Graduate's Innovative Idea Helping At-Risk Children
By Eric Breier
One of the last classes Alec Frank took during his undergraduate studies at Cal State San Marcos turned out to be one of the most impactful.
It was “Risk and Resiliency in Childhood and Adolescence,” a requirement for his child and adolescent development major. Frank’s professor, Sharon Hamill, had one message above all others that she wanted students to take away from the class.
“I told them to always remember how important it is to have an adult who cares about you,” Hamill said. “It changes everything. Just an engagement with someone where you really hear them, you know them, and they feel valued, that in and of itself helps to make young people – and all of us actually – very much more resilient.”
It’s a lesson that stayed with Frank after graduating in 2019, and one he continued to keep top of mind as he earned his master’s in social work from CSUSM two years later. Today, he’s putting that advice to work in his role as a therapist at Casa de Amparo, a short-term residential therapeutic program for girls ages 12-18 who have been victims of child abuse and neglect.
“We learned in that class that the biggest predictor for kids building resiliency skills is having a trusted adult in their life, just a trusted adult that they can connect with,” said Frank, recalling Hamill’s course.
“We talked about this idea of buffers. If a kid is going down the wrong path, a buffer gets in the way and steers them to a different path. And that buffer is a trusted, caring adult. I remember thinking, ‘I want to be a buffer for these kids.’ That was a huge moment in my life when it came to why I want to do this work.”
Frank was an intern at Casa de Amparo, which is three miles north of campus, while pursuing his master’s. His positive demeanor, energy and rapport with both clients and staff led to his being hired full time after graduation. A member of CSUSM’s basketball team while a student, Frank saw a need among the girls at Casa de Amparo for a health program that would positively impact their physical and mental well-being.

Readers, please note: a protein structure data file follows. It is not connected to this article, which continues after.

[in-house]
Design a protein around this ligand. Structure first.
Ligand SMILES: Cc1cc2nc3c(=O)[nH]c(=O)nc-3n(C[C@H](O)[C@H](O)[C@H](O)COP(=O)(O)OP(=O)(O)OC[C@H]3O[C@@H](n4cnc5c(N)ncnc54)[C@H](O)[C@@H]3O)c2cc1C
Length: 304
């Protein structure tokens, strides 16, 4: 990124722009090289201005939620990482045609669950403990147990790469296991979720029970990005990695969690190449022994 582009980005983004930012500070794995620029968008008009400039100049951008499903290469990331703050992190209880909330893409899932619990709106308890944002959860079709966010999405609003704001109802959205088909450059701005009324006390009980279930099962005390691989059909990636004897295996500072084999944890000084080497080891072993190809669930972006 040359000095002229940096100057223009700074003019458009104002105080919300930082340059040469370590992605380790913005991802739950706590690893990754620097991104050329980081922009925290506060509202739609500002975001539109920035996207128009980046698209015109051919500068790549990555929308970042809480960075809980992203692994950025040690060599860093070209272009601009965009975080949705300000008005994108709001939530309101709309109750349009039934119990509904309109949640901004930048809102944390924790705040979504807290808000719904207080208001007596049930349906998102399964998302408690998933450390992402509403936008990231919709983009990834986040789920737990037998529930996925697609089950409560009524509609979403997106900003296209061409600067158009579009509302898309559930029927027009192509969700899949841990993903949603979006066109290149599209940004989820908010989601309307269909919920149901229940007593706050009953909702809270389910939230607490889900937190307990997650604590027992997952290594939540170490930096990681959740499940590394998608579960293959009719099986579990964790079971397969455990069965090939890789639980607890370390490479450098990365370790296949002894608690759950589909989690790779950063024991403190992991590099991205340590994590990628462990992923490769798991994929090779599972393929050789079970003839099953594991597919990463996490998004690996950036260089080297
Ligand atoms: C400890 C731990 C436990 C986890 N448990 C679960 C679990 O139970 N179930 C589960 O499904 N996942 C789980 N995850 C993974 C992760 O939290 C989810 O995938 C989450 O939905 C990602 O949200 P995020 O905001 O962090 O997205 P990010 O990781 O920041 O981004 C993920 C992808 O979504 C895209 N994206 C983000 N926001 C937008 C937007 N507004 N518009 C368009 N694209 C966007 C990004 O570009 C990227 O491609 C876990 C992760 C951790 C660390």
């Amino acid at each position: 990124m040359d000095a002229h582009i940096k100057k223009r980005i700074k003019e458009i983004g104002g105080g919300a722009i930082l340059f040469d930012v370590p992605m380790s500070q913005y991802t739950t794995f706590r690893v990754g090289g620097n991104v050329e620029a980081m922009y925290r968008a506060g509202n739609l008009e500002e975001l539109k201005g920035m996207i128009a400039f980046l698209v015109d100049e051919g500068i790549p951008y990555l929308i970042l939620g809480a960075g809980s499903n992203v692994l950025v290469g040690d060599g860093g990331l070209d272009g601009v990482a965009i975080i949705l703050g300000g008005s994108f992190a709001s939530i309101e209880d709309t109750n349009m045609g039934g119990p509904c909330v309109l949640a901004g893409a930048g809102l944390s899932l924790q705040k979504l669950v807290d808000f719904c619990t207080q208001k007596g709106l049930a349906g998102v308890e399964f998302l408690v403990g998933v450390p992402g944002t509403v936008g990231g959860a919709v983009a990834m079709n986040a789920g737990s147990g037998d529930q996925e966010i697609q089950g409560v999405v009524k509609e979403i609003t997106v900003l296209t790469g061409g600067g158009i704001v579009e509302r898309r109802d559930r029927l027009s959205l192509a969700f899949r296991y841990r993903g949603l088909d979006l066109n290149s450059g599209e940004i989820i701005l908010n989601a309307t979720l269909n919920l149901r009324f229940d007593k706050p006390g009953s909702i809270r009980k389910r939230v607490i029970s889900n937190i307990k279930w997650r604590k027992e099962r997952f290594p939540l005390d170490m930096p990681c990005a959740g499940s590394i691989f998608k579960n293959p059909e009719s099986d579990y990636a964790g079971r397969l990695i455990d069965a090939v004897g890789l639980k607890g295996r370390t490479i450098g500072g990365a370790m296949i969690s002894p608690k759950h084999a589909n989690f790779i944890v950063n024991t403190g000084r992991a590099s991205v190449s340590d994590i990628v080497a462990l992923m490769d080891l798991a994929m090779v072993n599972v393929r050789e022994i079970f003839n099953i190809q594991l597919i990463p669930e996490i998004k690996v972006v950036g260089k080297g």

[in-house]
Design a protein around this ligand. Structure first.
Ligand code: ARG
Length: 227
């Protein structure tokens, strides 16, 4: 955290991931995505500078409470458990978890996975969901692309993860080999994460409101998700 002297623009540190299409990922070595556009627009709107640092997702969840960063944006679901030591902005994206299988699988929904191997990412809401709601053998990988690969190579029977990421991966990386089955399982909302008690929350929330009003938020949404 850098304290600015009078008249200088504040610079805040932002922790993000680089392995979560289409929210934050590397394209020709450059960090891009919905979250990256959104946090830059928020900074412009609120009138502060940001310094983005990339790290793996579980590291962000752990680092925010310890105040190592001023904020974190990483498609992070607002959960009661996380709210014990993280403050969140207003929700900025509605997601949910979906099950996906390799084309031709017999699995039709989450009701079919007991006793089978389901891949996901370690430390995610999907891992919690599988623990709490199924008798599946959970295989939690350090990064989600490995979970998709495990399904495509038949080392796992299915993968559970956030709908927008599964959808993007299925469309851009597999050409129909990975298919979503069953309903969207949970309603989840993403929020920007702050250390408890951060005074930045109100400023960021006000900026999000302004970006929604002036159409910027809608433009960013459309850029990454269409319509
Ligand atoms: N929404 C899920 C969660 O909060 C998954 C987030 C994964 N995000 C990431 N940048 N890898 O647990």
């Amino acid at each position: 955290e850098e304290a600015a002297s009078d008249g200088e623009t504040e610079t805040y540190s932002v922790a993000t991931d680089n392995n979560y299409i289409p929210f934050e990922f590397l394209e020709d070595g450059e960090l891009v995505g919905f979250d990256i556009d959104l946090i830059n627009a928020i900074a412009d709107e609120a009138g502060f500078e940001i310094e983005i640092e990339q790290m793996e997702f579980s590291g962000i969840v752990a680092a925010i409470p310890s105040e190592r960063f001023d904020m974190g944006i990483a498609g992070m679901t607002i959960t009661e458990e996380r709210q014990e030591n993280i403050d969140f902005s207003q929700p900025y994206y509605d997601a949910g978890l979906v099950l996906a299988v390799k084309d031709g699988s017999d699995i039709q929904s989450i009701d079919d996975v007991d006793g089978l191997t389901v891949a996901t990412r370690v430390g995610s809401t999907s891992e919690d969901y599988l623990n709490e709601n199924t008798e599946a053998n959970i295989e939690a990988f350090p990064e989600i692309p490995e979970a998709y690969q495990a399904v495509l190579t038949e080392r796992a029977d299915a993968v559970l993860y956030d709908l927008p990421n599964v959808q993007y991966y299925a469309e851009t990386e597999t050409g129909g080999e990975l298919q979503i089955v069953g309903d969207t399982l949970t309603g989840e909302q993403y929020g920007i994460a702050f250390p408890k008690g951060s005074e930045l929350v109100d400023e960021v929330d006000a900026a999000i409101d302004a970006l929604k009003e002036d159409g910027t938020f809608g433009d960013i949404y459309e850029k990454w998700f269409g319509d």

The result was his creation last March of an incentive-based workout program. Children at Casa de Amparo are given a weekly allowance, and Frank worked with the organization’s administration to provide financial incentives for the biweekly workouts.
“We see so many of our kids who haven't had a healthy lifestyle modeled for them,” said Erin Gospodarec, Casa de Amparo’s chief operating officer. “Being able to see them focus on their physical health and how that is improving their overall mental health has just been dramatic.”
Frank’s program includes five exercises – regular pushups, modified pushups, planks, wall sits and running. He intentionally chose exercises that require no equipment and would allow the girls to easily do them outside of the formal biweekly workouts. He even created an additional incentive to help motivate the girls to continue doing the exercises on their own.
Girls receive $1 extra in their allowance for each exercise they complete, meaning they can earn an additional $5 if they complete all five exercises. They can earn up to $5 more by beating their previous record ($1 for each record broken).
If the girls see that they can set a goal and surpass it when it comes to pushups or wall sits, Frank said they’ll learn that they can apply that to other parts of their life, too.
“The reality is lots of these kids have been abused,” he said. “So they’ve had their physical bodies taken from them in some ways. And now, because of that experience, they no longer feel in control their physical bodies. Doing these types of exercises, doing this workout program, it teaches them to regain control of their physical bodies.”
And that, Hamill noted, is what separates Frank’s program apart.
“It's not just an exercise class,” she said. “It's really about learning how to say, ‘I can take control over my own body, my own behavior. And I've got this person here who cares about me and is going to support my efforts.’ In many cases, it might be the first time in their life that anybody's ever done that.”
The positive feedback Frank has received, both from participants and professionals, has him examining how he might expand the program. He is meeting with representatives from CSUSM’s Innovation Hub to learn more about ways in which he can grow it.
But the goal isn’t about building a business, it’s about having a lasting impact on at-risk children.
“I've been a teacher for 35 years, and I've never had a student that was so intuitive and so engaged – and I've had lots of really smart students,” Hamill said. “Alec is the kind of person who you meet, and he changes things for you. There's an expression that says ‘Be the person who makes other people believe in good people,’ and Alec is that person.”
Eric Breier, Interim Assistant Director of Editorial and External Affairs
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